I think we should be explicitly thinking about information levels and explicitly catering to different audiences with different needs and capabilities. One metaphor that might work well is that of an alpine ski hill. There we have (in the US for instance) green runs for beginners wanting a gentle introduction and where hopefully nothing too bad can happen. Blue runs where the technical level is a little more ambitious and a little more care needs to be taken. Black expert runs for those who know what they are doing and are doing it well, and finally, double black diamond runs for the true masters. No-one accuses ski resorts of being patronising when they have green runs interspersed with the more difficult ones, and neither do they get accused of elitism when one peak has only black runs going down (as I recall all too painfully on my first ski outing). People self-segregate and generally find their way to the level at which the feel comfortable – whether they want a easy or challenging ride – and there is nothing stopping them varying the levels as their mood or inclination takes them.

Skeptical Science took up this challenge, and although their efforts have largely been focused on creating “plain-English” beginner articles, as a huge target audience for climate change communication is the general public, I’m extremely grateful that they’re also catering to new science enthusiasts such as myself with the advanced articles. Please, keep them coming!

While we’re on the topic, I should also mention a great new post by Skeptical Science, which is not part of their argument database – “The contradictory nature of global warming skepticism”. You can’t hold the objection that the world isn’t warming and then turn around and say that global warming is natural, but these and other self-disproving arguments reach us on a daily basis. Deniers can’t seem to agree on a single unified objection to anthropogenic global climate change, and some individuals, as the post shows, contradict themselves up to five times in six months.

And hey, I just realized right now – that post was also written by dana1981. Whoever this writer is, he or she is doing a great job.

Sinclair Wins

As I noted on my last post about this issue,

“I will consider the issue a true victory for Sinclair when he re-uploads the video on his account.”

It is a true victory for Sinclair!

As he writes on his DeSmogBlog post,

“In accordance with established YouTube guidelines, I filed a “counternotice”, affirming, “under penalty of perjury, that I have a good faith belief that the material  was removed or disabled as a result of a mistake or misidentification of the material to be removed or disabled.”

As of today, I have received the following confirmation from YouTube:

” In accordance with the Digital Millennium Copyright Act, we’ve completed processing
your counter-notification regarding your video:

http://www.youtube.com/watch?v=dcxVwEfq4bM

This content has been restored and your account will not be penalized.”

I wish to extend my sincerest gratitude to YouTube, to all those who advised and supported me in this effort, and most especially, to Anthony Watts and SurfaceStation.org, for providing invaluable exposure to my video series, and greatly increasing my traffic and visibility.”

The newly reinstated video is imbedded in that post, or you can watch it here.

Hooray for truth winning out.

Sinclair vs Watts: An Update

(Read the original story on this issue if you haven’t already.)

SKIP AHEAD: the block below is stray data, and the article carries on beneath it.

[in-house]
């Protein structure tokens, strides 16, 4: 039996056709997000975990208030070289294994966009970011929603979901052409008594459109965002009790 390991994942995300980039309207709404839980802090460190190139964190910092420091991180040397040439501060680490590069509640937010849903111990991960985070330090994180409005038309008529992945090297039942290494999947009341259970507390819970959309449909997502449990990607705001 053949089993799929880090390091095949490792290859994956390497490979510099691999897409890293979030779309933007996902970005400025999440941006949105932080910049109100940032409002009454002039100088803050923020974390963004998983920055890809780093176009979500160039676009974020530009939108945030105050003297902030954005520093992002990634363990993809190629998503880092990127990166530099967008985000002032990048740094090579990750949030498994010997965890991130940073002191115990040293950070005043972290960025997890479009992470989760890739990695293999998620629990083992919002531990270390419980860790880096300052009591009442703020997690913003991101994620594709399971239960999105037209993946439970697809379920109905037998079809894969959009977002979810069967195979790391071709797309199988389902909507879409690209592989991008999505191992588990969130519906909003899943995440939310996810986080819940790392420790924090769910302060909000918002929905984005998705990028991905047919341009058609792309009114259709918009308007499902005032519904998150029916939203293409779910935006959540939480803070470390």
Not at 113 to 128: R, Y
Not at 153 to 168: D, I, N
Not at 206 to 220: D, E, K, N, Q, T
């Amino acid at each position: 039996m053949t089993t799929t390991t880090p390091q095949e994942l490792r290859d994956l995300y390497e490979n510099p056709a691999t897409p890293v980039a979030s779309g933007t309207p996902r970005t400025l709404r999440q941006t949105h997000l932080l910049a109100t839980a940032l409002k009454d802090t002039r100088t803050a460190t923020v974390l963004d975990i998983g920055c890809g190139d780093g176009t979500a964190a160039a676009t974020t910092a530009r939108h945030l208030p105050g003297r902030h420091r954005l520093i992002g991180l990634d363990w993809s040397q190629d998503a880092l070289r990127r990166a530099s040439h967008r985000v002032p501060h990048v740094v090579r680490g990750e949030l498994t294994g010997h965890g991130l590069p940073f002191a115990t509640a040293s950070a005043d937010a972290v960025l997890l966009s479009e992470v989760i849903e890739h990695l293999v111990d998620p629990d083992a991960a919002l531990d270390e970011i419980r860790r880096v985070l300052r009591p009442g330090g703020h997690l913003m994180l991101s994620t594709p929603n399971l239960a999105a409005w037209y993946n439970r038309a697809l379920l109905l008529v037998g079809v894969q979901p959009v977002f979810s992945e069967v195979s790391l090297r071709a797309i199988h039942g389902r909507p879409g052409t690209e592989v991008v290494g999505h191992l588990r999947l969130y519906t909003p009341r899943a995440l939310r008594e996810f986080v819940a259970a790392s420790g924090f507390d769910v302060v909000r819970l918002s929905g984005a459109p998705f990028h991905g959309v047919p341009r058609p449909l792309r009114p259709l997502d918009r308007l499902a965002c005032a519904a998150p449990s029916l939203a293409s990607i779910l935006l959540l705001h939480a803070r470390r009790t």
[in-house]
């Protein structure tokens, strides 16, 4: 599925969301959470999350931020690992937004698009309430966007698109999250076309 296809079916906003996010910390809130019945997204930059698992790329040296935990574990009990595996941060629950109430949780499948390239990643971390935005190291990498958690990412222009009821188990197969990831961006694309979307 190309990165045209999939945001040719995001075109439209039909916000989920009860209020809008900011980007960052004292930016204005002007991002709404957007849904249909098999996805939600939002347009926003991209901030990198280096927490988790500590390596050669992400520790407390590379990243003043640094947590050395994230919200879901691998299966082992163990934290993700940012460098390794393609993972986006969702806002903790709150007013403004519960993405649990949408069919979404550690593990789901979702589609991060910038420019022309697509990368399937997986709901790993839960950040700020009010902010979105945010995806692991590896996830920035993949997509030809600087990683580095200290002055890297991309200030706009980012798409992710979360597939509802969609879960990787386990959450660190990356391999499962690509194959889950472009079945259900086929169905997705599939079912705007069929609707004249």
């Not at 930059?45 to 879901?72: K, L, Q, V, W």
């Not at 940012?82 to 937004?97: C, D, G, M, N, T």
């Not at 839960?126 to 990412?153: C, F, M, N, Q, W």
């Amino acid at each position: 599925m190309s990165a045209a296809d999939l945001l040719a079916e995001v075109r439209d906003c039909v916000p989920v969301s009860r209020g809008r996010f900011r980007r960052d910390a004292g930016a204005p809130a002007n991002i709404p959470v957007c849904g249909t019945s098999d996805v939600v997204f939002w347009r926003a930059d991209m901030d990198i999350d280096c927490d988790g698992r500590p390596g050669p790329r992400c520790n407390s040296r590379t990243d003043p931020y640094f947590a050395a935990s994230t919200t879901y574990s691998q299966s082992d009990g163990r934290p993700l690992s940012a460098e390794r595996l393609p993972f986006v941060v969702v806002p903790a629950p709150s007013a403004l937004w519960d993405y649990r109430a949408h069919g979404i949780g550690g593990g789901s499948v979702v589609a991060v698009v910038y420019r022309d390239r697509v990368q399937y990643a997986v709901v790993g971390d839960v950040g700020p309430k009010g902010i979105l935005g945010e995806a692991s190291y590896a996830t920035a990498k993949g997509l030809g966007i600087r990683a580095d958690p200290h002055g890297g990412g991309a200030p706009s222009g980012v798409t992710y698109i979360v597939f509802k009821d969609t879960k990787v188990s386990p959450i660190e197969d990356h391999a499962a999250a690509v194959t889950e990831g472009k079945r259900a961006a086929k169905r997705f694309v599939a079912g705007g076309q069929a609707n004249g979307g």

The DeSmogBlog Youtube channel has uploaded the original video. I’m not sure if Peter Sinclair is aware of this, but somehow I think he won’t mind much. Mr Watts, however, will probably throw another fit.

I will consider the issue a true victory for Sinclair when he re-uploads the video on his account. But for now, at least people will be able to watch the video behind all this controversy.

Sinclair vs Watts

Many of you probably are familiar with Peter Sinclair’s Climate Denial Crock of the Week channel, which dispels popular climate myths.

Many of you are probably also familiar with Anthony Watts and his blog Watt’s Up With That.

Several weeks ago, Sinclair created a video called “What’s Up With Watts?” in which he debunked the idea that the urban heat island effect is skewing the temperature records – the very premise of Watt’s Surface Stations project. He discussed how the temperature readings in urban centers are calibrated with nearby rural stations so that any heat bias is removed. Most impressive was a graph of the temperature readings from stations Watts deemed satisfactory; they showed the same upward trend as all of the stations together. NASA’s obviously doing a pretty good job of correcting that GISS data.

However, just a few days ago, Watts complained to YouTube and got the video removed on basis of a “copyright claim”. It is my knowledge (although I might be wrong) that YouTube will remove any video as soon as anyone complains about copyright.

The  only mention on Watt’s blog of the incident was a comment from a reader:

“Sorry to post off topic (although the comments are all backslapping anyway) but is there a reason you (Anthony) filed a DMCA complaint against Greenman3610’s youtube video “Watts up with Watts”?

From Youtube:
“This video is no longer available due to a copyright claim by Anthony Watts Surfacestations.org”

Surely his video falls under fair use. Relying on the nanny state to attack critics or am I missing something?

REPLY: I don’t care to discuss my reasons here as they are private and unrelated to this discussion. Google agreed that complaint was valid and removed the video. – Anthony”

But as Kevin Grandia from DeSmogBlog writes,

“Quite frankly I don’t know what part of the video Watts would have a problem with. There’s nothing I saw in the video that appears to break any copyright as it relates to Watts.

Now maybe he took issue with the short (credited) clip at the beginning from Will Ferrell’s Anchorman movie…. but I think this is more about a video that thoroughly shreds Watts and his argument that the world is wrong about climate change and he is right.”

If the copyright claim was indeed about the Anchorman clip (most likely to conceal other motives, however – you could spend your whole life filing complaints about YouTube videos that had clips from movies) it will be all too easy for Sinclair to edit that out of the video and repost it.

Otherwise, Watts hasn’t got a leg to stand on. It really exposes a person’s motives when they don’t even write a logical rebuttal when they take issue to their arguments being challenged – they simply censor those challenges instead.